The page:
Criticism of the principle of abstraction

The principle of abstraction has been criticized many times since it was first introduced in legal literature. Many authors criticize the fact that a uniform life situation is broken down into artificial parts. This is hardly understandable for legal laypeople. Uwe Wesel even criticizes that Savigny developed the principle of abstraction due to incorrect interpretation of historical sources, since no such principle of abstraction was known in Roman law. In Roman law, the validity of the transfer depends on the validity of the purchase contract. If this was ineffective, the ownership could not pass and the seller could request the purchase item back with the rei vindicatio . Furthermore, the abstraction principle leads to unreasonable results, since it adheres to the transfer of ownership even if there was no reason for this, for example the underlying sales contract is null and void. Heinrich Honsell defends Savigny by pointing out that he has rather made the “transfer” into a “tangible contract”, which is why we can only assume a new legal creation that leaves no room for a misinterpretation of the historical sources. The criticism reached a climax during the time of National Socialism , when the existing legal situation was rejected as “unvölkisch” due to its complexity and reforms were called for.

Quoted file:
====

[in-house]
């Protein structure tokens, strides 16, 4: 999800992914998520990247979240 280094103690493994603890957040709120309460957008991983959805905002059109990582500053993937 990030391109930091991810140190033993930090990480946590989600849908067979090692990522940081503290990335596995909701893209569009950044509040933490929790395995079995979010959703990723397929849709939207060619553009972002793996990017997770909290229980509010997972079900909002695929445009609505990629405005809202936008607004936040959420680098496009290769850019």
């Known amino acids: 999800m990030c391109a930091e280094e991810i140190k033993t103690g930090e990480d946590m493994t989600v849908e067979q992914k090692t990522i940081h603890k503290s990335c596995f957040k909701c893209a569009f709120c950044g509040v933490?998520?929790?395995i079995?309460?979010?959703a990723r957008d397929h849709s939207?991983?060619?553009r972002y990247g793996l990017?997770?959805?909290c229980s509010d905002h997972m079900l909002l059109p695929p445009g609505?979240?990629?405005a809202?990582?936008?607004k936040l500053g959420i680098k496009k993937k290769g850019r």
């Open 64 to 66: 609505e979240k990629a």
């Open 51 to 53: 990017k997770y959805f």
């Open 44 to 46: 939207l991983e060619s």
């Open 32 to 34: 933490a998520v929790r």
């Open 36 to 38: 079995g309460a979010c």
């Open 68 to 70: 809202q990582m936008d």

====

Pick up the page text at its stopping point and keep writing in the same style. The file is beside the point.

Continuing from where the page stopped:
The abstraction principle has also been attacked in the context of the standardization of civil law systems within the European Union . Germany and Estonia are the only member states in which the abstraction principle applies.

In the GDR , the principle of abstraction was abolished by the civil code of the German Democratic Republic (ZGB) of June 19, 1975, which came into force on January 1, 1976. For legal transactions carried out since October 3, 1990, the abstraction principle of the BGB applies again in this area.